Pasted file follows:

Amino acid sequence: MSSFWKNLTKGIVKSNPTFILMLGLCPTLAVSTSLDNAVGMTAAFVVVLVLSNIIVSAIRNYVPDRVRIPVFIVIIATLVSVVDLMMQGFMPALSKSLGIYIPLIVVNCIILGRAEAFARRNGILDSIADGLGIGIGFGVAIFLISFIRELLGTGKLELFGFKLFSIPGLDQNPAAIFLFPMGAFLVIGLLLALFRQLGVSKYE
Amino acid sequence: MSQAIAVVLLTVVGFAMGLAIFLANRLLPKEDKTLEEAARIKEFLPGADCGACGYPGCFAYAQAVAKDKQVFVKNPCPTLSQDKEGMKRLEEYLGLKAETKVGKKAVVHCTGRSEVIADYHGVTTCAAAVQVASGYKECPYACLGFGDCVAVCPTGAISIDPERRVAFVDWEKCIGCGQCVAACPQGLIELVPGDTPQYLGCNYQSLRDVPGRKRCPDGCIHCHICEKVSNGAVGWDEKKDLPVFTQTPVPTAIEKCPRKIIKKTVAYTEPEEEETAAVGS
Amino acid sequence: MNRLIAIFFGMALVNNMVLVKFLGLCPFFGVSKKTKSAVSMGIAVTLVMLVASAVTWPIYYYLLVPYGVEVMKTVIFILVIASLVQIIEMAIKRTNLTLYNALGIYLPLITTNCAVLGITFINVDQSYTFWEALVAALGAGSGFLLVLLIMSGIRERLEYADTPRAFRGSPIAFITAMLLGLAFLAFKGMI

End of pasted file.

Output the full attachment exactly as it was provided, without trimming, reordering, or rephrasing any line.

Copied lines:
Amino acid sequence: MSSFWKNLTKGIVKSNPTFILMLGLCPTLAVSTSLDNAVGMTAAFVVVLVLSNIIVSAIRNYVPDRVRIPVFIVIIATLVSVVDLMMQGFMPALSKSLGIYIPLIVVNCIILGRAEAFARRNGILDSIADGLGIGIGFGVAIFLISFIRELLGTGKLELFGFKLFSIPGLDQNPAAIFLFPMGAFLVIGLLLALFRQLGVSKYE
Amino acid sequence: MSQAIAVVLLTVVGFAMGLAIFLANRLLPKEDKTLEEAARIKEFLPGADCGACGYPGCFAYAQAVAKDKQVFVKNPCPTLSQDKEGMKRLEEYLGLKAETKVGKKAVVHCTGRSEVIADYHGVTTCAAAVQVASGYKECPYACLGFGDCVAVCPTGAISIDPERRVAFVDWEKCIGCGQCVAACPQGLIELVPGDTPQYLGCNYQSLRDVPGRKRCPDGCIHCHICEKVSNGAVGWDEKKDLPVFTQTPVPTAIEKCPRKIIKKTVAYTEPEEEETAAVGS
Amino acid sequence: MNRLIAIFFGMALVNNMVLVKFLGLCPFFGVSKKTKSAVSMGIAVTLVMLVASAVTWPIYYYLLVPYGVEVMKTVIFILVIASLVQIIEMAIKRTNLTLYNALGIYLPLITTNCAVLGITFINVDQSYTFWEALVAALGAGSGFLLVLLIMSGIRERLEYADTPRAFRGSPIAFITAMLLGLAFLAFKGMI